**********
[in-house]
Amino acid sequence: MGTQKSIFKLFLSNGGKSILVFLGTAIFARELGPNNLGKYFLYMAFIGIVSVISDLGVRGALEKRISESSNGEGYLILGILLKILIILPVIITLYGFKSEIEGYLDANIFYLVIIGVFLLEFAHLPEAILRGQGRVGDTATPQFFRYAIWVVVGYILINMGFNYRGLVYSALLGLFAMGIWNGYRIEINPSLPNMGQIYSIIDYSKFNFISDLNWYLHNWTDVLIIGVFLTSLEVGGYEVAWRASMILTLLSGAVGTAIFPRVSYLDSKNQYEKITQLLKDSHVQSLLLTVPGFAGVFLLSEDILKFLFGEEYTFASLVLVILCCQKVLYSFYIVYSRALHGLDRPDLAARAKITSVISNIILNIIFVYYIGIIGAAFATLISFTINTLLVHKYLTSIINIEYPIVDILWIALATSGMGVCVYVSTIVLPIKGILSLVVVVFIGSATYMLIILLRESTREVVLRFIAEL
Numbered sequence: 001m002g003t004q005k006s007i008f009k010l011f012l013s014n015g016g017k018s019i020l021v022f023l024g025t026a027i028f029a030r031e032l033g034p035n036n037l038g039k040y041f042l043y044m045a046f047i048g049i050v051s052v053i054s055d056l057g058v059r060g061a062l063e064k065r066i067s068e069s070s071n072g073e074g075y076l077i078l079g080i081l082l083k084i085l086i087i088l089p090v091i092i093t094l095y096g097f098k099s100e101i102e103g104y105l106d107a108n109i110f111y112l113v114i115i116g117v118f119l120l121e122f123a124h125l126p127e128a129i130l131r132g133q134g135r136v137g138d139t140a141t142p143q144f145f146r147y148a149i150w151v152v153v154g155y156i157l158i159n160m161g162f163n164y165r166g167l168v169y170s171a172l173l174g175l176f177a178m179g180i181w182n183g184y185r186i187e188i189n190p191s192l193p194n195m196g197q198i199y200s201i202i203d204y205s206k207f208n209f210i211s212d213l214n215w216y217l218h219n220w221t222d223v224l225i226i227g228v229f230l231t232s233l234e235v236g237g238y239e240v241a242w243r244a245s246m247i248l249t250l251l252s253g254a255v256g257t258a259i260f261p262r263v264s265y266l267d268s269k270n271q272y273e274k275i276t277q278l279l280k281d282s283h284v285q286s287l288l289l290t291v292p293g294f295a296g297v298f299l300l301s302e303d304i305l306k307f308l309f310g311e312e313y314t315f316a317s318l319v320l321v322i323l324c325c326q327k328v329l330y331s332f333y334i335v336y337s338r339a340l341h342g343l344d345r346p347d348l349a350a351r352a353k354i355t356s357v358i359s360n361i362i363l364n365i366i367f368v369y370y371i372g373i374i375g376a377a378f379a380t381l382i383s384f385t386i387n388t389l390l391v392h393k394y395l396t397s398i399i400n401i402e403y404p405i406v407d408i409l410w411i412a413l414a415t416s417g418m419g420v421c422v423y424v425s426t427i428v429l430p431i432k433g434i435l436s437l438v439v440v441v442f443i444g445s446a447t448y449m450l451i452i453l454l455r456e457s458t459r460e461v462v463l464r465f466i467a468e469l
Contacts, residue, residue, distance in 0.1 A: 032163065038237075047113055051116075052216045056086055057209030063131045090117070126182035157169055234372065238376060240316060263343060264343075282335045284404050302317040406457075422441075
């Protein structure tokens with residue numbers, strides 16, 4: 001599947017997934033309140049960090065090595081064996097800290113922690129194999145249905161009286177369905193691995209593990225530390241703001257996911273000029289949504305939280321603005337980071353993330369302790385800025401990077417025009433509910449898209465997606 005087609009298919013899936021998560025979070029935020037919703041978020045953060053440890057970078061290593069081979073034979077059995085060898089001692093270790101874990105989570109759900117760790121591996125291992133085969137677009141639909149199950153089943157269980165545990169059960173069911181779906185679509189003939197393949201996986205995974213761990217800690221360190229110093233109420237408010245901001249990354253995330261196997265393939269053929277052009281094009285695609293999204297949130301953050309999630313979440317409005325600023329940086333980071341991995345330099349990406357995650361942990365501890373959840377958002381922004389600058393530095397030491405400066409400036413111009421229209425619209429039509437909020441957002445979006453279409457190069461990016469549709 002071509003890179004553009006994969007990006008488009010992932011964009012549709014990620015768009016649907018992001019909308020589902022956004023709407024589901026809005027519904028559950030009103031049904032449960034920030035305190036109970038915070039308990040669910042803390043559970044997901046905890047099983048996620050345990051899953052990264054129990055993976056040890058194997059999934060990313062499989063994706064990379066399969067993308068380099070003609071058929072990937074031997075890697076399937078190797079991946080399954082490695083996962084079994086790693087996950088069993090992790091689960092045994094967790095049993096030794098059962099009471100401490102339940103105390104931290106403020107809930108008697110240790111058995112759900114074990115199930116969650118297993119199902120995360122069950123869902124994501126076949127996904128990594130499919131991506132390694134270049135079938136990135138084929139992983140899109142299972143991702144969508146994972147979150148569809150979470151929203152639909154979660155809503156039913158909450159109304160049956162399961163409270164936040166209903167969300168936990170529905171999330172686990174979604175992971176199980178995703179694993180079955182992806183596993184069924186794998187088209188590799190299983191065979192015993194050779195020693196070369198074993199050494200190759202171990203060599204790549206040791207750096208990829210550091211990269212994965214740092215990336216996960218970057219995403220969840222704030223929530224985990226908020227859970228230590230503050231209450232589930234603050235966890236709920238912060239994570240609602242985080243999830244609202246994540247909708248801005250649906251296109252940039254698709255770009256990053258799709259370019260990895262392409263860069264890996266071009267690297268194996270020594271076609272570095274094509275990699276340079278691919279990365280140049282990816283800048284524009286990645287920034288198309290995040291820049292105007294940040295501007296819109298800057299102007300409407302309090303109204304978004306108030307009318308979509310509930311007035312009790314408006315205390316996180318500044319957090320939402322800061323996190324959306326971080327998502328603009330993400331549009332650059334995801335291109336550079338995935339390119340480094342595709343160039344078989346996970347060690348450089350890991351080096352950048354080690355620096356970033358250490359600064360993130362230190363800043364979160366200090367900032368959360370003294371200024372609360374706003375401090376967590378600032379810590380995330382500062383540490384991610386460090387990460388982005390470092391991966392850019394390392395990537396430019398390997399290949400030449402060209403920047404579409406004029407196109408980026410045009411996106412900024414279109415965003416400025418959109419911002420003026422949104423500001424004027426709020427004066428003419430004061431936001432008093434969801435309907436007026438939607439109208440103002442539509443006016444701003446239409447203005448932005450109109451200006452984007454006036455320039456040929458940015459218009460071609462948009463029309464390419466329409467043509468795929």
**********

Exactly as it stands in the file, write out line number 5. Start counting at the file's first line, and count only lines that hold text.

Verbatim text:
């Protein structure tokens with residue numbers, strides 16, 4: 001599947017997934033309140049960090065090595081064996097800290113922690129194999145249905161009286177369905193691995209593990225530390241703001257996911273000029289949504305939280321603005337980071353993330369302790385800025401990077417025009433509910449898209465997606 005087609009298919013899936021998560025979070029935020037919703041978020045953060053440890057970078061290593069081979073034979077059995085060898089001692093270790101874990105989570109759900117760790121591996125291992133085969137677009141639909149199950153089943157269980165545990169059960173069911181779906185679509189003939197393949201996986205995974213761990217800690221360190229110093233109420237408010245901001249990354253995330261196997265393939269053929277052009281094009285695609293999204297949130301953050309999630313979440317409005325600023329940086333980071341991995345330099349990406357995650361942990365501890373959840377958002381922004389600058393530095397030491405400066409400036413111009421229209425619209429039509437909020441957002445979006453279409457190069461990016469549709 002071509003890179004553009006994969007990006008488009010992932011964009012549709014990620015768009016649907018992001019909308020589902022956004023709407024589901026809005027519904028559950030009103031049904032449960034920030035305190036109970038915070039308990040669910042803390043559970044997901046905890047099983048996620050345990051899953052990264054129990055993976056040890058194997059999934060990313062499989063994706064990379066399969067993308068380099070003609071058929072990937074031997075890697076399937078190797079991946080399954082490695083996962084079994086790693087996950088069993090992790091689960092045994094967790095049993096030794098059962099009471100401490102339940103105390104931290106403020107809930108008697110240790111058995112759900114074990115199930116969650118297993119199902120995360122069950123869902124994501126076949127996904128990594130499919131991506132390694134270049135079938136990135138084929139992983140899109142299972143991702144969508146994972147979150148569809150979470151929203152639909154979660155809503156039913158909450159109304160049956162399961163409270164936040166209903167969300168936990170529905171999330172686990174979604175992971176199980178995703179694993180079955182992806183596993184069924186794998187088209188590799190299983191065979192015993194050779195020693196070369198074993199050494200190759202171990203060599204790549206040791207750096208990829210550091211990269212994965214740092215990336216996960218970057219995403220969840222704030223929530224985990226908020227859970228230590230503050231209450232589930234603050235966890236709920238912060239994570240609602242985080243999830244609202246994540247909708248801005250649906251296109252940039254698709255770009256990053258799709259370019260990895262392409263860069264890996266071009267690297268194996270020594271076609272570095274094509275990699276340079278691919279990365280140049282990816283800048284524009286990645287920034288198309290995040291820049292105007294940040295501007296819109298800057299102007300409407302309090303109204304978004306108030307009318308979509310509930311007035312009790314408006315205390316996180318500044319957090320939402322800061323996190324959306326971080327998502328603009330993400331549009332650059334995801335291109336550079338995935339390119340480094342595709343160039344078989346996970347060690348450089350890991351080096352950048354080690355620096356970033358250490359600064360993130362230190363800043364979160366200090367900032368959360370003294371200024372609360374706003375401090376967590378600032379810590380995330382500062383540490384991610386460090387990460388982005390470092391991966392850019394390392395990537396430019398390997399290949400030449402060209403920047404579409406004029407196109408980026410045009411996106412900024414279109415965003416400025418959109419911002420003026422949104423500001424004027426709020427004066428003419430004061431936001432008093434969801435309907436007026438939607439109208440103002442539509443006016444701003446239409447203005448932005450109109451200006452984007454006036455320039456040929458940015459218009460071609462948009463029309464390419466329409467043509468795929």